Stomach bug or food poisoning? This photo demonstrates is of a spoonful of bacteria, asking the question 'Did food bacteria cause your illness?'

So, picture the scene. Yesterday evening, you went out for a curry, had a few beers and got home late. In the morning, you feel nauseous, headachey, and want to stay within two feet of the toilet. In these circumstances, we telll work that we have a stomach bug or food poisoning, crawl back into bed and wait for it to pass. But is this really the case? It’s sometimes hard to know. Let’s figure it out.

Food Poisoning

You can contract food poisoning from a surprising variety of sources. The most likely source is, surprisingly, green, leafy vegetables or legumes like bean sprouts. Natural and organic, after all, does not necessarily mean clean and healthy.

Rice, too, can be dangerous if left warm for extended periods. Additionally, of course, chicken and poultry are other hotbeds of potential sickness, particularly when improperly handled. Campylobacter and Salmonella are both common forms of bacteria in undercooked and raw meat. They often spread through cross-contamination and can cause bad food poisoning.

Symptoms of food poisoning include:

  • Stomach Cramps
  • Vomiting
  • Weakness
  • Diarrhoea

In most cases, the symptoms will appear between a few hours and 2 days after infection.

Viral infections

Norovirus is a very easily transmitted disease that can produce some very unpleasant symptoms. It can be a real issue for hotels and restaurants. Where there are lots of people using the same areas, it spreads quite easily through contact with contaminated surfaces. If you have Norovirus, the best thing you can do is keep away from other people and certainly do not work in a kitchen or handle food.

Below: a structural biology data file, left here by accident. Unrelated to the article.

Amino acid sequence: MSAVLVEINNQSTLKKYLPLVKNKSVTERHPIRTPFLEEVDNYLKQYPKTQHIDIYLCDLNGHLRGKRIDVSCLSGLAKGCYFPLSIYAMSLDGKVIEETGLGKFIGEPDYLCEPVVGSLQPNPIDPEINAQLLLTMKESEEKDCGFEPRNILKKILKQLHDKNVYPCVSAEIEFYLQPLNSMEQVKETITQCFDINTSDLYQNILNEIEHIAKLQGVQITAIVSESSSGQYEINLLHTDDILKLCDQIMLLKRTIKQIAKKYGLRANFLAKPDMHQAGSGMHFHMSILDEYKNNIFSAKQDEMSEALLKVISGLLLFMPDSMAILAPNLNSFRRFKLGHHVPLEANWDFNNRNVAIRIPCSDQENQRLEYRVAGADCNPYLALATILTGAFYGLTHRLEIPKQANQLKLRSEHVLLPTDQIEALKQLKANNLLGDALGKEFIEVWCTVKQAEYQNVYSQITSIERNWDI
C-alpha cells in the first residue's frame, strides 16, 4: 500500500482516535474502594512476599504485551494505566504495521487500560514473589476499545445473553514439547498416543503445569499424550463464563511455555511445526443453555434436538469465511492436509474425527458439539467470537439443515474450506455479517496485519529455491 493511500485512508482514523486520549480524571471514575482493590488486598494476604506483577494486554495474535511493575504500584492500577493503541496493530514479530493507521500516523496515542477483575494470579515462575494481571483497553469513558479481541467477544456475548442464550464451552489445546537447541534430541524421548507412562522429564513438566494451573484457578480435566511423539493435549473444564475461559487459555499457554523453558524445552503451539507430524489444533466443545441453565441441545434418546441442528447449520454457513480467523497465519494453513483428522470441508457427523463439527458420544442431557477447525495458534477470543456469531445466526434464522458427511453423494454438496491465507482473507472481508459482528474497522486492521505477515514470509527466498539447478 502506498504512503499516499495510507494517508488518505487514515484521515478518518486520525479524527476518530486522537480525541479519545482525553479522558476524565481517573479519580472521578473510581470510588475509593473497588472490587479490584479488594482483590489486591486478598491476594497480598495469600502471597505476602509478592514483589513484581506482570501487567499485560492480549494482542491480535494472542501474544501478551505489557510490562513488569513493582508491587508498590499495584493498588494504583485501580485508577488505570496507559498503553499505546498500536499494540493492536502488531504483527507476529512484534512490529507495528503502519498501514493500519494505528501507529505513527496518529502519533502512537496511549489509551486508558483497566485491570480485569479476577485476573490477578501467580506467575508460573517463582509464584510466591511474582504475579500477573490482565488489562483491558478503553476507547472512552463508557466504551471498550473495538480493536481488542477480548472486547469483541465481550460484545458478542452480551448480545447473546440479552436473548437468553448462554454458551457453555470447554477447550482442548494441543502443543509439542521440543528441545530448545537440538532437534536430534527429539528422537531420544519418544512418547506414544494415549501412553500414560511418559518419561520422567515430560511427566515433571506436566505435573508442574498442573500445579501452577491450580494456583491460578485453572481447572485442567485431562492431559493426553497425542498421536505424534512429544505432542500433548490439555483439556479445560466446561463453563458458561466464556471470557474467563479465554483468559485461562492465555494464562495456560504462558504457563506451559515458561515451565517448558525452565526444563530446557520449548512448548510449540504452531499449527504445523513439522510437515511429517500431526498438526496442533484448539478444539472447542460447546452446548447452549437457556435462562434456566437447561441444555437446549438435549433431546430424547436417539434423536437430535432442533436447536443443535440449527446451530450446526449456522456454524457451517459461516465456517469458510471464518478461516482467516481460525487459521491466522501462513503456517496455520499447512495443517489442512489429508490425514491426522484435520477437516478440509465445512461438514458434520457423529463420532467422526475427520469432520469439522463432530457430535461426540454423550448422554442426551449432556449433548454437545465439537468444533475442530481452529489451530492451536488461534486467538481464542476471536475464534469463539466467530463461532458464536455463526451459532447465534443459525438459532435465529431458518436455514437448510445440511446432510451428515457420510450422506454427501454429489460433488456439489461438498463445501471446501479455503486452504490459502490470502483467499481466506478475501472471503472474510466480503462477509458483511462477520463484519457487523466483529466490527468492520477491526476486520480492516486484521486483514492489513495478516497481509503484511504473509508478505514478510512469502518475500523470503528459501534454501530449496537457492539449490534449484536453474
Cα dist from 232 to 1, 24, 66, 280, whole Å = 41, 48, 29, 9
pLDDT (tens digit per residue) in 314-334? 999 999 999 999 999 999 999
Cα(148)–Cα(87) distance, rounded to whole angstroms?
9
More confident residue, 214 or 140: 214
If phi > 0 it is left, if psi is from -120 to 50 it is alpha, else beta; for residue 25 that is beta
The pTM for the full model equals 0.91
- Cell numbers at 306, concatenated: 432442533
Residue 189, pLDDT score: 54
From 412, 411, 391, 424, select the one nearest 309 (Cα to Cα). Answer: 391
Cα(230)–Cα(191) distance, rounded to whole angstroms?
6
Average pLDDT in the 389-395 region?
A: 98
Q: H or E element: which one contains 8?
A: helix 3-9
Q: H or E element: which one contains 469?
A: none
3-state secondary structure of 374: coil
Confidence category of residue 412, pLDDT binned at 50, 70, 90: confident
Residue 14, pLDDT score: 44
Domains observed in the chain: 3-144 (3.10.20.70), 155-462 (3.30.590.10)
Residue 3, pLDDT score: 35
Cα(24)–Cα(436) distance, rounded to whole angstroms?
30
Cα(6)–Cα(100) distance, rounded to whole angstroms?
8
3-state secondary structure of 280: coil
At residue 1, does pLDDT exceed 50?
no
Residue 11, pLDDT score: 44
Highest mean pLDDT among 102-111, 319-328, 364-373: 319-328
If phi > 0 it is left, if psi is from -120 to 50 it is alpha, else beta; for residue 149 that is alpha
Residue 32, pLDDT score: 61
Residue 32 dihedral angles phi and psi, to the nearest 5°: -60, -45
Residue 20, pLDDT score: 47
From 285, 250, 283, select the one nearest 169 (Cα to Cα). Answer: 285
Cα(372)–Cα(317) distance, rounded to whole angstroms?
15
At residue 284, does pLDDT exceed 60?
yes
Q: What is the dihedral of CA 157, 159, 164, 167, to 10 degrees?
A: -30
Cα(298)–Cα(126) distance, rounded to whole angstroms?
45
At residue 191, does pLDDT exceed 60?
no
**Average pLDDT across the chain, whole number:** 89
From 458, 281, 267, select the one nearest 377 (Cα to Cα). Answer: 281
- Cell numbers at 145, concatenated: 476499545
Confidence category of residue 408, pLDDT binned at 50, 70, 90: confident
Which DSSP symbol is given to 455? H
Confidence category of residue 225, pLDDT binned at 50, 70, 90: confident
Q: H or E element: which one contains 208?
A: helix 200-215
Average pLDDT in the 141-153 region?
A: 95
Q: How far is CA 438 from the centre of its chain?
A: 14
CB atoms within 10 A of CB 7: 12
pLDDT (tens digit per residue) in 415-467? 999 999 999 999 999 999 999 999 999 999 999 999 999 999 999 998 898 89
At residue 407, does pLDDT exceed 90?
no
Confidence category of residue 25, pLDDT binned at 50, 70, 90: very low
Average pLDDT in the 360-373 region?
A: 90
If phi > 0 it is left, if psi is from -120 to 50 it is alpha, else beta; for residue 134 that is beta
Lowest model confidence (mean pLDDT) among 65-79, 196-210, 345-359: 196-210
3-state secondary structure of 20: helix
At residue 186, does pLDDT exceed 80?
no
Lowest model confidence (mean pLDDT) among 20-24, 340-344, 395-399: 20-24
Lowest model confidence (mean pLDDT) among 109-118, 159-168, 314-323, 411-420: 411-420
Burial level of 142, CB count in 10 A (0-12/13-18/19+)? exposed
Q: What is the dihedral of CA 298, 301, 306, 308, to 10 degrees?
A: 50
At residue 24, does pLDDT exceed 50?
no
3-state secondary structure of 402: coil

Symptoms of Norovirus can include:

  • Sudden, uncontrollable vomiting and diarrhoea
  • Fever
  • Aching limbs
  • Headaches

It will usually take between 24 and 48 hours to manifest after infection. Whichever it is, stomach bug or food poisoning, rest, keep hydrated and stay away from others, just to make sure.

Overindulgence

In a lot of cases, the ‘food poisoning’ that we call into work about can be a result of too much food and alcohol. Spicy food can cause your stomach to produce excess acid, leading to heartburn and indigestion. Alcohol causes nausea and headaches (which I don’t think is a very well-kept secret). The late night can induce fatigue and aching limbs.

Furthermore, the restaurant you ate in will probably have food hygiene management in place because this is a legal requirement. The chef and anyone who handles food will likely have received food hygiene training and should be following strict storage and preparation guidelines. So, it could be that you just ate a little too much.

However, if your symptoms persist and you feel certain that you have contracted food poisoning from a food outlet because of poor hygiene, then you should report it to your local authority. Oh, and stay in bed!